Vegan SA Supports Meat Free Mondays
Vegan SA are supporters of the Meat Free Mondays campaign group. The objective of this group is to raise awareness of the negative impacts that meat consumption has and to provide a means by which everyone can make a meaningful contribution to a cleaner, more sustainable, healthier world through vegan meal planning and consuming meatless meals on a weekly basis.
Take the Meat Free Mondays Pledge
The Support Meat Free Mondays group of South Africa invites individuals, corporations, councils, schools and other places of higher education to take the Meat Free Mondays Pledge - to abstain from the consumption of meat every Monday (take the Meat Free Mondays Pledge now). Several cities have already signed up including Ghent (the first city in the world to sign up), San Francisco, and our own Cape Town.
If you are a regular visitor to our website, chances are that you are already a vegan or vegetarian. You might well be wondering how this initiative is relevant to you and why a vegan organisation is lending its support to such a project. Although every vegan and vegetarian can make the pledge and lend their support to the campaign, this will hardly change their diet since they already choose to consume vegan meals 7 days per week.
This campaign instead targets those other members of our society that would otherwise never consider eating vegetarian food and would consume meat every day of the week. Having one designated meatless meal day a week is an attractive way for these people to reduce carbon emissions in order to slow the rate of climate change, protect the environment, improve their health and express compassion for the rights and needs of animals.
Vegan SA's aim remains to promote veganism with respect to food and product choices, but we acknowledge that to many people our message falls on deaf ears. Meat Free Mondays is a start for these people, and a step that they would probably have never taken. Of course, any reduction in overall meat consumption can make a significant difference in the total number of animals kept as livestock and killed over a period of time, and some people maybe be tempted to try 2, 3 meat free days per week after their first initial step turned out to be not so bad after all; some may even become vegans after a period of time.
So Meat Free Mondays creates awareness and thought amongst usually non-responsive sectors of society. What's more, active and compassionate vegans and vegetarians can use the Support Meat Free Mondays website to encourage their family and friends to take the vegan meal pledge too. Merchandise is also available for purchase through the website to demonstrate your support for the campaign. And, of course, the Vegan SA website directory will always be a useful tool for researching foods and recipes for vegan meal plans.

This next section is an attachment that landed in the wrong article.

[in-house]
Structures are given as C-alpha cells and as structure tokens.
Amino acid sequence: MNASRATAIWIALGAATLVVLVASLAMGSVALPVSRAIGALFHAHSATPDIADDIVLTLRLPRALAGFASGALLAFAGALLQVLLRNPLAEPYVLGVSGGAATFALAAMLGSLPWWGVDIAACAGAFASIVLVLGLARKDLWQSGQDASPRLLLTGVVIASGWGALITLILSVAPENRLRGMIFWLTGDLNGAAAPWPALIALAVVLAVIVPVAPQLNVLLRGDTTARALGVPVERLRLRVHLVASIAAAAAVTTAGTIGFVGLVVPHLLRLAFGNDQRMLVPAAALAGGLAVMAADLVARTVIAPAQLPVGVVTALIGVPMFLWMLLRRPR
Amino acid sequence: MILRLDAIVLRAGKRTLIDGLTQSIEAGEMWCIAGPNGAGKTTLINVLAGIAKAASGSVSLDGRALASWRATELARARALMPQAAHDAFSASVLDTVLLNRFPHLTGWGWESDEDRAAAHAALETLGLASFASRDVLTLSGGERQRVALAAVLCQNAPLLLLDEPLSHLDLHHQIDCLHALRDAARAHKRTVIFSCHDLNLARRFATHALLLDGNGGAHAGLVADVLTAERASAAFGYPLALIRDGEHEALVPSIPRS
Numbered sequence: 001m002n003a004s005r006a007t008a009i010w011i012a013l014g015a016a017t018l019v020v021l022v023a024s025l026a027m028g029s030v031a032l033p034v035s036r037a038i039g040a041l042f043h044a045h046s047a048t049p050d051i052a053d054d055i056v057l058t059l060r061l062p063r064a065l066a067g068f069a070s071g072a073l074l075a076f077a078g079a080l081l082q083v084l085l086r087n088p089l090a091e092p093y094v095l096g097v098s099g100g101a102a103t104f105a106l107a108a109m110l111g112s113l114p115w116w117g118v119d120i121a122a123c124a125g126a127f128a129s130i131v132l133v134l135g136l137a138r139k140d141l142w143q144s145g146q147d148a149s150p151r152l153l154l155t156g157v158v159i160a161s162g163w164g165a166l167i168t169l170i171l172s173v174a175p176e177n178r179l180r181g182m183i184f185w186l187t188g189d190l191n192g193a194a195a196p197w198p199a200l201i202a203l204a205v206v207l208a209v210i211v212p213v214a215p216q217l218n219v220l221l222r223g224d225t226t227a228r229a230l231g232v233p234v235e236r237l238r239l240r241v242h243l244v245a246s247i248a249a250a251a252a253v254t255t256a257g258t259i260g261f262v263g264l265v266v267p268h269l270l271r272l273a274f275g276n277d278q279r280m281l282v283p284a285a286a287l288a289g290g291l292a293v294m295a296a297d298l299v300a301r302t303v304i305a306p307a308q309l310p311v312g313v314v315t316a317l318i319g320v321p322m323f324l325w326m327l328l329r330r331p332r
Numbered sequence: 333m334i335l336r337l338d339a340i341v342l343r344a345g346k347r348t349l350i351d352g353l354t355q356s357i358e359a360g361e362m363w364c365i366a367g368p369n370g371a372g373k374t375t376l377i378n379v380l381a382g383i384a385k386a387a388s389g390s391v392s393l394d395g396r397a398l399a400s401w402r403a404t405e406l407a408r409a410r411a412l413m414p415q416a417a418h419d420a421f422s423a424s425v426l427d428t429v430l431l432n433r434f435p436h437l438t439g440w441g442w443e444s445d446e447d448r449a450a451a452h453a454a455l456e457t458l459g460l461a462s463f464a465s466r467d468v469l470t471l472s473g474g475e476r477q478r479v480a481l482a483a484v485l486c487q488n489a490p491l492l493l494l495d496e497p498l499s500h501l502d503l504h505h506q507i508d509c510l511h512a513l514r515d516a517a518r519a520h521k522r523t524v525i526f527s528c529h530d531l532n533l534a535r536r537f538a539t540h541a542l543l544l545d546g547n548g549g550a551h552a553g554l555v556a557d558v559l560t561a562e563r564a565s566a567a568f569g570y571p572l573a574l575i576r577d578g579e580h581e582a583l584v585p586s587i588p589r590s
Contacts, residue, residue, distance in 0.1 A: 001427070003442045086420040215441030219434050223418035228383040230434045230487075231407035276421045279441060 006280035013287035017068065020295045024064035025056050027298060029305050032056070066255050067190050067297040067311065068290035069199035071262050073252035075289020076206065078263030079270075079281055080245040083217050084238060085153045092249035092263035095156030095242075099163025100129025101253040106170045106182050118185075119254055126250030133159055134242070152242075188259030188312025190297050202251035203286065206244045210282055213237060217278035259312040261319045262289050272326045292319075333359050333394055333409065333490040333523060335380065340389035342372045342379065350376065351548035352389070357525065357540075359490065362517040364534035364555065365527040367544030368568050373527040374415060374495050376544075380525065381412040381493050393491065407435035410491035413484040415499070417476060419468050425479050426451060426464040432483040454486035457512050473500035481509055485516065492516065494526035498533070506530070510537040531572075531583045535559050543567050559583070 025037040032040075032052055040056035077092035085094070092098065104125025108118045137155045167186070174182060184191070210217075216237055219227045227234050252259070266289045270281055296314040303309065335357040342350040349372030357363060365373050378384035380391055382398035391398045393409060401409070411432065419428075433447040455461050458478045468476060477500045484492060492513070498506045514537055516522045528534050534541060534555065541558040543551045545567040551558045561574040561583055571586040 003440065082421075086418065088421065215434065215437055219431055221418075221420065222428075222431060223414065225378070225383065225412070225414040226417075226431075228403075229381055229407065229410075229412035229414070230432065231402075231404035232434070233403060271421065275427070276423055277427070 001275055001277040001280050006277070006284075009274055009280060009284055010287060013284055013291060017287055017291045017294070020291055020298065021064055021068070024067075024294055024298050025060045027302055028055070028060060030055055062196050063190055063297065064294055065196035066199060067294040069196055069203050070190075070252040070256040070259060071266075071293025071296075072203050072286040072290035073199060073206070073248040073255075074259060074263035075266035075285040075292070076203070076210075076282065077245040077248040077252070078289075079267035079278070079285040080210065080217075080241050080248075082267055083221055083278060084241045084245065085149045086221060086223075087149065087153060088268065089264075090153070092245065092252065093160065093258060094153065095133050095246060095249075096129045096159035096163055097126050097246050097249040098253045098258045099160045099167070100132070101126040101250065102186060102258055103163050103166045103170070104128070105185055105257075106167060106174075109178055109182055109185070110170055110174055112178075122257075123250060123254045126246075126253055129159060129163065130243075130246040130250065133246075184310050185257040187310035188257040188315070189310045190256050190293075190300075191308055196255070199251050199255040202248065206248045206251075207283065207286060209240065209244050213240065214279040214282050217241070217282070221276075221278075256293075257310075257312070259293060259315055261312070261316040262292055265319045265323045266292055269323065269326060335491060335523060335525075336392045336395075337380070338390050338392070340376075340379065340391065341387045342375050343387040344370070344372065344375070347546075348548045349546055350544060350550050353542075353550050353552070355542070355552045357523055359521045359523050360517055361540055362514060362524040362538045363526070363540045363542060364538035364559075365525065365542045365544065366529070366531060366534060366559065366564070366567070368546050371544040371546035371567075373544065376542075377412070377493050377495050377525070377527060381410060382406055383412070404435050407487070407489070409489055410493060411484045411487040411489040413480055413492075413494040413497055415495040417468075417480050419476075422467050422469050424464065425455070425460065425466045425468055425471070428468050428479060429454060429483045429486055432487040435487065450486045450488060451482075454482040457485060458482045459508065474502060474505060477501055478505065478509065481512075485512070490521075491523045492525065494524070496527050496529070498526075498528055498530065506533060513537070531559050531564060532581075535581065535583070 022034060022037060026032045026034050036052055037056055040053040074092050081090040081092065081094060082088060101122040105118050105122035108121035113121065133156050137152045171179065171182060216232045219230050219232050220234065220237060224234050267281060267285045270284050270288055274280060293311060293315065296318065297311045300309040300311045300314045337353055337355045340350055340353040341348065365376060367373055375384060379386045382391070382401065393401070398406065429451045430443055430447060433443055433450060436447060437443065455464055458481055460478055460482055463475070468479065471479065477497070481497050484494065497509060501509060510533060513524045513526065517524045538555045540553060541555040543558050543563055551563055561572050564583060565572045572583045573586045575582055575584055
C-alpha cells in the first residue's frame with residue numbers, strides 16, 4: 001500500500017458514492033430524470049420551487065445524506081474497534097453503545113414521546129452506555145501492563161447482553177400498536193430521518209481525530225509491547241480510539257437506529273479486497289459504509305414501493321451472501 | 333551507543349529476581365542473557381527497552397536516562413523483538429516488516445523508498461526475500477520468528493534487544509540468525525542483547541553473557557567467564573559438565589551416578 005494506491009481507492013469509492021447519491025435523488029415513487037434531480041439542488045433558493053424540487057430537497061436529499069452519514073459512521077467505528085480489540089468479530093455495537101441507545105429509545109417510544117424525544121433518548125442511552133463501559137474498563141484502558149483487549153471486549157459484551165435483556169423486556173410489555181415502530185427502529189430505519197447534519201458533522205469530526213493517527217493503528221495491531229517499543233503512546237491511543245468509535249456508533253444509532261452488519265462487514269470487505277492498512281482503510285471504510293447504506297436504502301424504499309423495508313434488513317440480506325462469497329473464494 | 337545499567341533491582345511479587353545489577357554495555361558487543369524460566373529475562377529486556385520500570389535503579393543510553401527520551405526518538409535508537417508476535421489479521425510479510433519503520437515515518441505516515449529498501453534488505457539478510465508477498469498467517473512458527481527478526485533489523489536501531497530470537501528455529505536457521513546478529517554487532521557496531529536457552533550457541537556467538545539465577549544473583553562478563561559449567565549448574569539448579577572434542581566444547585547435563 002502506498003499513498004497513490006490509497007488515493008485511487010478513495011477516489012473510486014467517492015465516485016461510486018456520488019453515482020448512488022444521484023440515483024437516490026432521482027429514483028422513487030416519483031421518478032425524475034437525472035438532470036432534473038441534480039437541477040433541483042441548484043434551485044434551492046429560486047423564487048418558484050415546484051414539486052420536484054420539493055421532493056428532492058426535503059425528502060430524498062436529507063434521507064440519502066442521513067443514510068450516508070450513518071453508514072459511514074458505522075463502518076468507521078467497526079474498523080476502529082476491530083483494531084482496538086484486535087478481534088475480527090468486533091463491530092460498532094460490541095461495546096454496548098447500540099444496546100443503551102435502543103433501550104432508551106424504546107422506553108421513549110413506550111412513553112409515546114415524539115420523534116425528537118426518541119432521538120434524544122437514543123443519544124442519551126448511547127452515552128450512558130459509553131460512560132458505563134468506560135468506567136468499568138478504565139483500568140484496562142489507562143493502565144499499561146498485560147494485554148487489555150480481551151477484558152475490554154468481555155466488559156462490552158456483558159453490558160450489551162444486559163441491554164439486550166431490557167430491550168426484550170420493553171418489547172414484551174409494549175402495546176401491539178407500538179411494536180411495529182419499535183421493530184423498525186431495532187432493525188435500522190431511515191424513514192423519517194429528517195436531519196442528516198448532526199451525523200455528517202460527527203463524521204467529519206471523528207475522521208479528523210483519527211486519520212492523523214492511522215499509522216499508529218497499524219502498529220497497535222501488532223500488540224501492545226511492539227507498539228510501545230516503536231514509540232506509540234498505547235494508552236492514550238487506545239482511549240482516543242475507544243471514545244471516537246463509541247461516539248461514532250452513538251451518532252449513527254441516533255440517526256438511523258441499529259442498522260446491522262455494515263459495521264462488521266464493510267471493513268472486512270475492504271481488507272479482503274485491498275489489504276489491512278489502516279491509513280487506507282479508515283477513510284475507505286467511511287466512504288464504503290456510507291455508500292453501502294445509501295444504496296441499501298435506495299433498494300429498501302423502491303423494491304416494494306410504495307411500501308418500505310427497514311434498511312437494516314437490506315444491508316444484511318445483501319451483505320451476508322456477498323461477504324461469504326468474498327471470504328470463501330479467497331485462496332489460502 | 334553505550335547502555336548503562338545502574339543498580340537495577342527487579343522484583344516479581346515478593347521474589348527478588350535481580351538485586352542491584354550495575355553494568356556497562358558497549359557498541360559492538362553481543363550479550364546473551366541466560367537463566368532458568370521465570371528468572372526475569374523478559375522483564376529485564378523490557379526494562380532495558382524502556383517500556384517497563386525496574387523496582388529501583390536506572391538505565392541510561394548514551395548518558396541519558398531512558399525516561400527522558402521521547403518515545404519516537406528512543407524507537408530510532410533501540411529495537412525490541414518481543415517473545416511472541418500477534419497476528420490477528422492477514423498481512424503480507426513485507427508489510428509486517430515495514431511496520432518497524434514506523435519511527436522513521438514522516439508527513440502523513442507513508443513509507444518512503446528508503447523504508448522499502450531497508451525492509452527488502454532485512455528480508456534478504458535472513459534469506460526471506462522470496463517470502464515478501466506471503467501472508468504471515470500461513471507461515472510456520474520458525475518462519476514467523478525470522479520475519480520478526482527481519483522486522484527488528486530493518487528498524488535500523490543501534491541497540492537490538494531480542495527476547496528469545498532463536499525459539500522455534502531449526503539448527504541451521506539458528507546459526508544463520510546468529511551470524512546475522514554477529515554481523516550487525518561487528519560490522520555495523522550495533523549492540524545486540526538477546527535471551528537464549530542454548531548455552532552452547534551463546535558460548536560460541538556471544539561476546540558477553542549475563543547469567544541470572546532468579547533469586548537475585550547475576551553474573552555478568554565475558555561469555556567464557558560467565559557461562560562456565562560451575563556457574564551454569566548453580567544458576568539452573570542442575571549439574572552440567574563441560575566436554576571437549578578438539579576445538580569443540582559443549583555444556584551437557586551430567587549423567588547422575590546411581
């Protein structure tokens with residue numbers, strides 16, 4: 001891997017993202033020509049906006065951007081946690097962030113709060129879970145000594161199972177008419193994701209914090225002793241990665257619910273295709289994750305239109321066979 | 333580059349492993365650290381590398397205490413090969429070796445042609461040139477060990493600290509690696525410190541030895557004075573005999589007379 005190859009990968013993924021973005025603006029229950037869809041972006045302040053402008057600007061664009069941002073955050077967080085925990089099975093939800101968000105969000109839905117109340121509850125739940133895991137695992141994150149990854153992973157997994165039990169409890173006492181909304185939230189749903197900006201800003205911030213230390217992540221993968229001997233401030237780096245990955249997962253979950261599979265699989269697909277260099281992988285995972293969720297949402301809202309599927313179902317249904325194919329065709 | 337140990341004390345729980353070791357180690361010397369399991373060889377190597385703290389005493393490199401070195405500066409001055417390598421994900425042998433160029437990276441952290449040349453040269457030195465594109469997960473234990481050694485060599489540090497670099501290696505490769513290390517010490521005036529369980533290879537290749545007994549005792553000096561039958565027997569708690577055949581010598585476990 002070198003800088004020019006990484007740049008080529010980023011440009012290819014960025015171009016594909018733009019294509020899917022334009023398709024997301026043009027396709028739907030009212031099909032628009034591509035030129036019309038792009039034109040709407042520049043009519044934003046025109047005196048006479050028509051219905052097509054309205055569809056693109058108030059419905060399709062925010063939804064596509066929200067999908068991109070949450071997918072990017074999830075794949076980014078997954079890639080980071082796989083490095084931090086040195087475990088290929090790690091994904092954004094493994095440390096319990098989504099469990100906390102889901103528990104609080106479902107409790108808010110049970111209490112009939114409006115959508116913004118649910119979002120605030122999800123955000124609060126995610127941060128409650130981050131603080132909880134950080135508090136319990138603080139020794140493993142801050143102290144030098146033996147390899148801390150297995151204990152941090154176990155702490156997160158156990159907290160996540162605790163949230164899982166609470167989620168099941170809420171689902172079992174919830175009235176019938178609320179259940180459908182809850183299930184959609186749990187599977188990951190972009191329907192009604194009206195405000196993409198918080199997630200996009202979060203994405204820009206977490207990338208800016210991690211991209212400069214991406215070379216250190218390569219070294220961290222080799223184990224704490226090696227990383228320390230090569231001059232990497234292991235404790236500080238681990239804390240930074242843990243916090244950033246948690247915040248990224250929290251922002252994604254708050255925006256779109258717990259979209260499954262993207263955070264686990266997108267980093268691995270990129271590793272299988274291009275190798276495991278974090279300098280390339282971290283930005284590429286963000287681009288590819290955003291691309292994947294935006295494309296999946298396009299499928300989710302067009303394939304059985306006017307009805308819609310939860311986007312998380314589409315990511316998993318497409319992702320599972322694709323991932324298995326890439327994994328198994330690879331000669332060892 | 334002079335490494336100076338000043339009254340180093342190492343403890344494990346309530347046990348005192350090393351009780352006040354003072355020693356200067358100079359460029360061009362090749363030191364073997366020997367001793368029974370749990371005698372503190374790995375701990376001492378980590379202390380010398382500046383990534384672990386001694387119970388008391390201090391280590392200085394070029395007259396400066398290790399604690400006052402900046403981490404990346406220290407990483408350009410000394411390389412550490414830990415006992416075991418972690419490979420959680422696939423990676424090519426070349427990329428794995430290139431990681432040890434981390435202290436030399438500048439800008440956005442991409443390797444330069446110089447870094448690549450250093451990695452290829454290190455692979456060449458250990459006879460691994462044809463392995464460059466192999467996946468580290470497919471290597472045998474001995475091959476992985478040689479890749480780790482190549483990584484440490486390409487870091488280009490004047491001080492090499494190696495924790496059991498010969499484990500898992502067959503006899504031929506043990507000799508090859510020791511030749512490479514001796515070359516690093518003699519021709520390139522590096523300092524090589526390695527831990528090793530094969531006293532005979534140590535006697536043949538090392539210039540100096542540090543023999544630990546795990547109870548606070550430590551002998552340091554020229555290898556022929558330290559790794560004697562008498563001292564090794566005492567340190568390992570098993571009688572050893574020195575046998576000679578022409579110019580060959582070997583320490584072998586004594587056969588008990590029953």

Support Meat Free Mondays group members include the successful vegetarian food brand Fry's and other NGOs such as Animal Rights Africa, Wildlife Society of South Africa, Beauty Without Cruelty, the Animal Anti Cruelty League, and the South African Vegan Society.
Why Meat Free Mondays?
The campaign hopes to deliver a healthy message by raising awareness of the importance of limiting cholesterol and saturated fat in our diet, which nutritionists say contributes significantly to several diseases which have reached epidemic proportions.
Cutting out meat, even for just 1 day per week, will help prevent 4 of the leading causes of death: heart disease, stroke, diabetes and cancer. Reducing the intake of meat means reducing the consumption of saturated fat.
Eating less meat can help minimise your ecological footprint because livestock breeding has a detrimental impact on the environment.
A United Nations report states that emissions from livestock make up 18% of all greenhouse gas emissions. In relative terms, that is 28% more than all forms of transportation combined. 2 of the gases they produce are methane and nitrous oxide. Methane is 23 times more harmful than carbon dioxide in terms of global warming, and 37% of the emissions from livestock is methane. Nitrous oxide comes from livestock manure, and these emissions are 65% of all the nitrous oxide emitted in the world.
There are a host of additional issues regarding meat production. These include the vast amounts of water and carbon energy it takes to produce meat, deforestation to make pastures, overgrazing turning pastures into desserts, pesticides, antibiotics and hormones making their way into drinking water and the production of acid rain.
The increase in meat production over time would not have been possible without the development of intensive methods of farming, which have ignored the rights of animals who are now deprived of space, exercise, fresh air and social interaction - all necessary for them to express their natural behaviour.
By introducing a meatless meal day in South Africa, 11,200 cattle, 2 million chicken, 10,000 pigs, and 22,300 sheep will not face slaughter each week.